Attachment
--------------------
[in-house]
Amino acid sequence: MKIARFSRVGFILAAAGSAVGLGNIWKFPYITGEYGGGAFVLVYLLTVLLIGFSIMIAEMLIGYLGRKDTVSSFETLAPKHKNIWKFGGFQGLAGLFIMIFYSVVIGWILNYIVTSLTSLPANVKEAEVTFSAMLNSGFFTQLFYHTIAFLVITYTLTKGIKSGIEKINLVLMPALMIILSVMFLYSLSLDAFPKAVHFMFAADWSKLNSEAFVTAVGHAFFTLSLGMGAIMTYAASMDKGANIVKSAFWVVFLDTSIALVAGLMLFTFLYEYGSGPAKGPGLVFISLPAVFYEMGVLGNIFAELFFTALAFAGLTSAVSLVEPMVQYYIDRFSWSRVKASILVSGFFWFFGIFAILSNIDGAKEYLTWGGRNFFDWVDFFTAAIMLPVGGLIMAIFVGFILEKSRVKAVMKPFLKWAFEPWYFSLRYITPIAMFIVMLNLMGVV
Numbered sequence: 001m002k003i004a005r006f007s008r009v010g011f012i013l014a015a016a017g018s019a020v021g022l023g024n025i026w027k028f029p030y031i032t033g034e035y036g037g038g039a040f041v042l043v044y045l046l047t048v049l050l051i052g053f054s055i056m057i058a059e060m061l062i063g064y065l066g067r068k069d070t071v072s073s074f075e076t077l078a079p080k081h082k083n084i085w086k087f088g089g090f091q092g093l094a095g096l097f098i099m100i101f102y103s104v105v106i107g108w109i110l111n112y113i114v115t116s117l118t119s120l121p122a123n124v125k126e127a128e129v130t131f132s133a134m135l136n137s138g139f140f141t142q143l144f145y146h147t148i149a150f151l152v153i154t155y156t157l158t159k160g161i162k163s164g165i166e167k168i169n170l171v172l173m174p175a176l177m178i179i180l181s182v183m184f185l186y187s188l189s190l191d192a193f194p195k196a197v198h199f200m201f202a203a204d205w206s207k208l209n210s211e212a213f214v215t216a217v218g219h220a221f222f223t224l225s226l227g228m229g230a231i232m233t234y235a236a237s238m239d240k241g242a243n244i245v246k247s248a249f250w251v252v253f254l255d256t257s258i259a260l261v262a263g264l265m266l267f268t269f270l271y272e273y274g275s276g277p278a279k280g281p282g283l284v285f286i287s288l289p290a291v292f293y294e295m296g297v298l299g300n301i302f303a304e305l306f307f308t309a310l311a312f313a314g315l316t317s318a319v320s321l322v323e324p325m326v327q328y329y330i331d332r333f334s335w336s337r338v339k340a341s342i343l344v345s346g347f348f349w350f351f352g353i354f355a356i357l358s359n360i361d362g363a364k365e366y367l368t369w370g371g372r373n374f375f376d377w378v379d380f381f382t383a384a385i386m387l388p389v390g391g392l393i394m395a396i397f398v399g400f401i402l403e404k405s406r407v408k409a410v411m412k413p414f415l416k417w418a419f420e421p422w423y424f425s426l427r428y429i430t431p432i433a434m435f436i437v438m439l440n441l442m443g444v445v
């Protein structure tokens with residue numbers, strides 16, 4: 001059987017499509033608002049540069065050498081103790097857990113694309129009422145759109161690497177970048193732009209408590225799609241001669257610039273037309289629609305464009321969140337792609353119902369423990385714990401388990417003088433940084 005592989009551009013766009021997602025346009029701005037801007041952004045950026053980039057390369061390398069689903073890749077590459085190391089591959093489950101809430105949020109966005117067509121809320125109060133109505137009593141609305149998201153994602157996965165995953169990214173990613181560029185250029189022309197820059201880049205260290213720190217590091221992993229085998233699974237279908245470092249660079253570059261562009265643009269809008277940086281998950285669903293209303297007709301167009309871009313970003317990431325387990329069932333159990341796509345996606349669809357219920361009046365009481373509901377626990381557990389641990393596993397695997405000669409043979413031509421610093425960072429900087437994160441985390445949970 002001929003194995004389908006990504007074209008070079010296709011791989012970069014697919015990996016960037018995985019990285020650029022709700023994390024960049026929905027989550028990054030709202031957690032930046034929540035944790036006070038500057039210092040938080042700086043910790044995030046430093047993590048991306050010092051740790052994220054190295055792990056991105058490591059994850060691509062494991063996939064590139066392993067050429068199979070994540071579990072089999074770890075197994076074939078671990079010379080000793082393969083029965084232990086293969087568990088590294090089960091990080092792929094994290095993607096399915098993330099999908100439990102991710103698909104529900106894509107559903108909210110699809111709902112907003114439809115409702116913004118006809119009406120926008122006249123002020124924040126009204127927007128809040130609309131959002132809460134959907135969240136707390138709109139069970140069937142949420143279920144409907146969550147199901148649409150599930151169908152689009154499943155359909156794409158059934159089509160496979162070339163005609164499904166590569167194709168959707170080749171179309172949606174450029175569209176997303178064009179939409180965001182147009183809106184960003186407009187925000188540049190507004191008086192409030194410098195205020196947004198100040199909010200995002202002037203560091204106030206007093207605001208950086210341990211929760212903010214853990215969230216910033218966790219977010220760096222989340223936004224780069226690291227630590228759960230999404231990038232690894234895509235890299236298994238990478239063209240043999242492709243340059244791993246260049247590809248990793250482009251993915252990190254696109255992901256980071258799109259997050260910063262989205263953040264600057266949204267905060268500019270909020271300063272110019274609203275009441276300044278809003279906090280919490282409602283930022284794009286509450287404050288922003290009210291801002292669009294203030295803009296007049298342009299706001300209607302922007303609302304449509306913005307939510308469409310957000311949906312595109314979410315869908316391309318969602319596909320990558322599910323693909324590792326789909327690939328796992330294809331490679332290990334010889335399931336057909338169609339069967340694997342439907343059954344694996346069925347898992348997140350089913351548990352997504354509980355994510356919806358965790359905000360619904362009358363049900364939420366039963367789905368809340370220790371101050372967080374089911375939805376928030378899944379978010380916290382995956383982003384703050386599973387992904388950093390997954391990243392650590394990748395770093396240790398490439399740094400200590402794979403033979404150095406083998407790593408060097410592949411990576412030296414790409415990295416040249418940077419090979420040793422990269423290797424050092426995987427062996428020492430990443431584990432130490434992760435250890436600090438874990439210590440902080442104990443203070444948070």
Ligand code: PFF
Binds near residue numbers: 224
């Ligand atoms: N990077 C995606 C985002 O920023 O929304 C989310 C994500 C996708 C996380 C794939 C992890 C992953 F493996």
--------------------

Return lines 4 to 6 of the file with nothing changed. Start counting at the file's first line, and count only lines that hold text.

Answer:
């Protein structure tokens with residue numbers, strides 16, 4: 001059987017499509033608002049540069065050498081103790097857990113694309129009422145759109161690497177970048193732009209408590225799609241001669257610039273037309289629609305464009321969140337792609353119902369423990385714990401388990417003088433940084 005592989009551009013766009021997602025346009029701005037801007041952004045950026053980039057390369061390398069689903073890749077590459085190391089591959093489950101809430105949020109966005117067509121809320125109060133109505137009593141609305149998201153994602157996965165995953169990214173990613181560029185250029189022309197820059201880049205260290213720190217590091221992993229085998233699974237279908245470092249660079253570059261562009265643009269809008277940086281998950285669903293209303297007709301167009309871009313970003317990431325387990329069932333159990341796509345996606349669809357219920361009046365009481373509901377626990381557990389641990393596993397695997405000669409043979413031509421610093425960072429900087437994160441985390445949970 002001929003194995004389908006990504007074209008070079010296709011791989012970069014697919015990996016960037018995985019990285020650029022709700023994390024960049026929905027989550028990054030709202031957690032930046034929540035944790036006070038500057039210092040938080042700086043910790044995030046430093047993590048991306050010092051740790052994220054190295055792990056991105058490591059994850060691509062494991063996939064590139066392993067050429068199979070994540071579990072089999074770890075197994076074939078671990079010379080000793082393969083029965084232990086293969087568990088590294090089960091990080092792929094994290095993607096399915098993330099999908100439990102991710103698909104529900106894509107559903108909210110699809111709902112907003114439809115409702116913004118006809119009406120926008122006249123002020124924040126009204127927007128809040130609309131959002132809460134959907135969240136707390138709109139069970140069937142949420143279920144409907146969550147199901148649409150599930151169908152689009154499943155359909156794409158059934159089509160496979162070339163005609164499904166590569167194709168959707170080749171179309172949606174450029175569209176997303178064009179939409180965001182147009183809106184960003186407009187925000188540049190507004191008086192409030194410098195205020196947004198100040199909010200995002202002037203560091204106030206007093207605001208950086210341990211929760212903010214853990215969230216910033218966790219977010220760096222989340223936004224780069226690291227630590228759960230999404231990038232690894234895509235890299236298994238990478239063209240043999242492709243340059244791993246260049247590809248990793250482009251993915252990190254696109255992901256980071258799109259997050260910063262989205263953040264600057266949204267905060268500019270909020271300063272110019274609203275009441276300044278809003279906090280919490282409602283930022284794009286509450287404050288922003290009210291801002292669009294203030295803009296007049298342009299706001300209607302922007303609302304449509306913005307939510308469409310957000311949906312595109314979410315869908316391309318969602319596909320990558322599910323693909324590792326789909327690939328796992330294809331490679332290990334010889335399931336057909338169609339069967340694997342439907343059954344694996346069925347898992348997140350089913351548990352997504354509980355994510356919806358965790359905000360619904362009358363049900364939420366039963367789905368809340370220790371101050372967080374089911375939805376928030378899944379978010380916290382995956383982003384703050386599973387992904388950093390997954391990243392650590394990748395770093396240790398490439399740094400200590402794979403033979404150095406083998407790593408060097410592949411990576412030296414790409415990295416040249418940077419090979420040793422990269423290797424050092426995987427062996428020492430990443431584990432130490434992760435250890436600090438874990439210590440902080442104990443203070444948070």
Ligand code: PFF
Binds near residue numbers: 224